A beloved Bronx record store and other small businesses are being forced out to make way for new development. NY1's Erin Clarke filed the following report.
The music's been playing at Harmony Records on Unionport Road since 1956.
"We were here from the doo-wop era, the disco era, the hip hop era, the freestyle era and every era you can conceivably think about," said Glenn Velger, owner of Harmony Records.
At year's end, though, it will come to a stop. All of the small businesses on the square block are being forced to close.
"These people came in, and they said that they brought the property, and the first thing I asked them was, 'Are you throwing us out?' and they said, 'Oh no we're not throwing you out,'" Velger said. "Within about two weeks after that, a guy comes in with an eviction notice."
All of the buildings on the block have been bought by a developer, who plans to tear them down.
"I understand that change has to come," said Hugh Williams, a Parkchester resident. "But Jesus, do you have to squeeze out the little guy?"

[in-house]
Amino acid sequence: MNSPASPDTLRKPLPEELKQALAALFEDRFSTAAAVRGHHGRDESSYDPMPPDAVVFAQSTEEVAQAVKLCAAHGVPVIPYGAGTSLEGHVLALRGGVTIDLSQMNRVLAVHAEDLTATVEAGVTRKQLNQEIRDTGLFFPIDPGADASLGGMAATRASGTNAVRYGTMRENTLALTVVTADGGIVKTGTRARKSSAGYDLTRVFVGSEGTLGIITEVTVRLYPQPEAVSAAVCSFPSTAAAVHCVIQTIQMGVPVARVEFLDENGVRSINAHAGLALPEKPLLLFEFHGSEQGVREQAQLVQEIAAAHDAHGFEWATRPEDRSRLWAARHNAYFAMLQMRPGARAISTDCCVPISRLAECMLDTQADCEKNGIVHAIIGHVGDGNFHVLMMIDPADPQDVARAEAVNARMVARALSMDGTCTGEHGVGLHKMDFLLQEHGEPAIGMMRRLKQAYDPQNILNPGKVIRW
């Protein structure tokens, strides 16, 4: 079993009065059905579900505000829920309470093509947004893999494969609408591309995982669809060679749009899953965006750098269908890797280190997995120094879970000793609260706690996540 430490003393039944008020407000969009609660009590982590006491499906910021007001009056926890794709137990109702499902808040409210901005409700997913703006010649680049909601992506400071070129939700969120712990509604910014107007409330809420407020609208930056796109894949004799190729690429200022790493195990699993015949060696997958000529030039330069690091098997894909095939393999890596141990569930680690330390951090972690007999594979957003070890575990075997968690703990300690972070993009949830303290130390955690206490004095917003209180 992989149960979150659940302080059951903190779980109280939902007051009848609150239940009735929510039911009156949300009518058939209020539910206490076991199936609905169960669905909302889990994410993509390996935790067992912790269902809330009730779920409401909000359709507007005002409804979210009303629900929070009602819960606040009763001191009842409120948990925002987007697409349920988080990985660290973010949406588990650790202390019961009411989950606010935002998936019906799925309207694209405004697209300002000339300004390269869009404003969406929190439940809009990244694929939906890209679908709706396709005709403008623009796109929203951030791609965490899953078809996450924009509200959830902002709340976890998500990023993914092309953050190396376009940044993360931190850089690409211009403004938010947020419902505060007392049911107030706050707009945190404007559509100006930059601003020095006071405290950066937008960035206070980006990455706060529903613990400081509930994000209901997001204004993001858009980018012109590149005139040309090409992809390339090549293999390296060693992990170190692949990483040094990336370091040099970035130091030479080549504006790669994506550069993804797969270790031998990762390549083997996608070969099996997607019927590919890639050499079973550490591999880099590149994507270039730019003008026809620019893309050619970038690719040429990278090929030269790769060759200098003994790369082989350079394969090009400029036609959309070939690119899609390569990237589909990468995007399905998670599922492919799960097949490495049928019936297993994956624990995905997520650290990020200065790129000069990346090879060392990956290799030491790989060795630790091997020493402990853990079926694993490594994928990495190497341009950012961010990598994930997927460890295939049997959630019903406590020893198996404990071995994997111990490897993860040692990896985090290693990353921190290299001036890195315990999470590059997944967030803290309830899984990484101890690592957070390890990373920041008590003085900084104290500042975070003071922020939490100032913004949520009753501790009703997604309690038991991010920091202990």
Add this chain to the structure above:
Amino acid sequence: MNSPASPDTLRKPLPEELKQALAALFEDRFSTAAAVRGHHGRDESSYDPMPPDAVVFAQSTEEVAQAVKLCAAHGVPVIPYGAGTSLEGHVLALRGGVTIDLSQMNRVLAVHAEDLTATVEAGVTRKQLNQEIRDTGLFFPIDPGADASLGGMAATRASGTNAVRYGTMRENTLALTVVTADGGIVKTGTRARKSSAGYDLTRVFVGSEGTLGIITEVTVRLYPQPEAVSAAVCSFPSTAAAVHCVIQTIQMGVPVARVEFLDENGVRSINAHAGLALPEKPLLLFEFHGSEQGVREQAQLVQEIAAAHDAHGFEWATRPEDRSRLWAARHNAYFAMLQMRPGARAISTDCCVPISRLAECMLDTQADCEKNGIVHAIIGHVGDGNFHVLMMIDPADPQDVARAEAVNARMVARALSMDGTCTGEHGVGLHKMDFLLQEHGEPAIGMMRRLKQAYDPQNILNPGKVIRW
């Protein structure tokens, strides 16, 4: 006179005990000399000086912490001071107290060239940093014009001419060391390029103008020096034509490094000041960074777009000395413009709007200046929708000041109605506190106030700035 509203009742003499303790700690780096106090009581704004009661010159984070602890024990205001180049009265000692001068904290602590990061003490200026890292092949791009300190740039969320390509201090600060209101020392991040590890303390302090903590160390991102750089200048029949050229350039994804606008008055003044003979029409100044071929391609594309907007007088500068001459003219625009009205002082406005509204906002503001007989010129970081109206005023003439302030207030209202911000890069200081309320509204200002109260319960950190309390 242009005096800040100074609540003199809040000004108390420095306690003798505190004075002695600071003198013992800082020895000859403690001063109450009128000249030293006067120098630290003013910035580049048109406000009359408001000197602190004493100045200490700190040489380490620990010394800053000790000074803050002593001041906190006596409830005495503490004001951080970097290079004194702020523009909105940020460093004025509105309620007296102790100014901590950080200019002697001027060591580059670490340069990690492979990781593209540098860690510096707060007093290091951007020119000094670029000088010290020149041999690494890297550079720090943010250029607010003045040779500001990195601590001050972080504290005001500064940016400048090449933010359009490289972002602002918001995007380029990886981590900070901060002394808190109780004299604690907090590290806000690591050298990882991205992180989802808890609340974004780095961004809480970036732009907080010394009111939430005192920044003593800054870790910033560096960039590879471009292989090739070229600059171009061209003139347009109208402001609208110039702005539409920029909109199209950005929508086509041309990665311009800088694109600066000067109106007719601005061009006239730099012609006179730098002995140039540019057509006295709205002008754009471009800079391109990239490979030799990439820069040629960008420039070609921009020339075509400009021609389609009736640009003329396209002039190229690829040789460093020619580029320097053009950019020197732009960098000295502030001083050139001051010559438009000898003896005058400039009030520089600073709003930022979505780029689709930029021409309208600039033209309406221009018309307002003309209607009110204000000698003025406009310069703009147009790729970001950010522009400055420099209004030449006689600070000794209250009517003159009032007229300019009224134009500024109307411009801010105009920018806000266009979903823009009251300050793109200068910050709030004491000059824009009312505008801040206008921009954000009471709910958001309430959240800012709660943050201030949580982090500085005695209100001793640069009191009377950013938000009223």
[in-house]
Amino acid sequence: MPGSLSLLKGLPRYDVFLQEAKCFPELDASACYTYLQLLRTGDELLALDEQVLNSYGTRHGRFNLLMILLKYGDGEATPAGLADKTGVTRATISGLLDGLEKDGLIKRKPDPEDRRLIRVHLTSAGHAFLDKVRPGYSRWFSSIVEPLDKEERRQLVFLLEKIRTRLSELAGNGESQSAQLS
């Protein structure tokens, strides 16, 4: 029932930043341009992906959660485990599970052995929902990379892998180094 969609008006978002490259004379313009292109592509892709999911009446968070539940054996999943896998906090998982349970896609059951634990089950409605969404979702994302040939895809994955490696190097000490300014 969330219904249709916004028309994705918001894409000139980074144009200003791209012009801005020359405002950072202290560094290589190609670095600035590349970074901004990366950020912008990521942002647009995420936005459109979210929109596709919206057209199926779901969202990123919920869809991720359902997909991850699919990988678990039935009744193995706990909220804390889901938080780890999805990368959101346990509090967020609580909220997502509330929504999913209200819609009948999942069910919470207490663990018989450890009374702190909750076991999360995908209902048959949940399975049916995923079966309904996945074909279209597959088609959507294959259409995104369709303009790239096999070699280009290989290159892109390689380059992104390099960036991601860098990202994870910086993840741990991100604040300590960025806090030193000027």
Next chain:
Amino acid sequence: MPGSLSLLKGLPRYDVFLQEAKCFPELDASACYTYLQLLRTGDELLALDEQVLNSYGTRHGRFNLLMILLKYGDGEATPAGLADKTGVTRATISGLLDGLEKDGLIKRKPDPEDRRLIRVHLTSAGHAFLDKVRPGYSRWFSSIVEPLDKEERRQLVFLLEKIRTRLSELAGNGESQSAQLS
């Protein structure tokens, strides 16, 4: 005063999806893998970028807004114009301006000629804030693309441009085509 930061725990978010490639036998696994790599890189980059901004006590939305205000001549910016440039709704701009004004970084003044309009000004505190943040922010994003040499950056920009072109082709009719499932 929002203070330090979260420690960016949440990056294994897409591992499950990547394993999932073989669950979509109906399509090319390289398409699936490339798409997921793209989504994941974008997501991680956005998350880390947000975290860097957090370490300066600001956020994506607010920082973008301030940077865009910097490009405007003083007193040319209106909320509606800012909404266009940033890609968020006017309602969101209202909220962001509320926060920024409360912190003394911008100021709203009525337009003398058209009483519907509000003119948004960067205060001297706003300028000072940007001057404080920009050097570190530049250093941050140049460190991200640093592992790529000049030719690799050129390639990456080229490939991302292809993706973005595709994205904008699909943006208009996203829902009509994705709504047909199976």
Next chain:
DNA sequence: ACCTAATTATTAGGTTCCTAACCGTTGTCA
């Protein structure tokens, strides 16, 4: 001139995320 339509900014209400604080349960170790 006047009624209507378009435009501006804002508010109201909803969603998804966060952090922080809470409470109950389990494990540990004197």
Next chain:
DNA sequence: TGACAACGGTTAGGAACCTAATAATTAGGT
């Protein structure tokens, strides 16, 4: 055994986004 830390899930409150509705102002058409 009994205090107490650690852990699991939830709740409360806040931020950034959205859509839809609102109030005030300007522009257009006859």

The block is a two-minute walk from the site of a planned Metro-North station. Sources tell NY1 it was bought by the Pinnacle Group, which wants to build housing there.
Demolition plans have been filed with the Department of Buildings, but no construction plans yet.
"When I first heard about the train station, I was thrilled," Velger said. "This is going to be great. And boy, was I wrong."
While the station won't be built for another few years, the announcement that it would be built ignited interest in the area by real estate speculators.
Borough historian Lloyd Ultan says development often increases in areas where rail service is built.
"The very first station that was built on the mainland was Fordham," Ultan said. "In 1846, just five years after the station opened up, there was a little village."
The historian adds that increased access makes neighborhoods more desirable and that a Metro-North station would give residents another option to get to the city. But locals don't see it as all positive. The community board is disappointed Pinnacle hasn't reached out to them, and business owners like Velger are left looking for a new home with few options.
"Rent is too damn high," Velger said.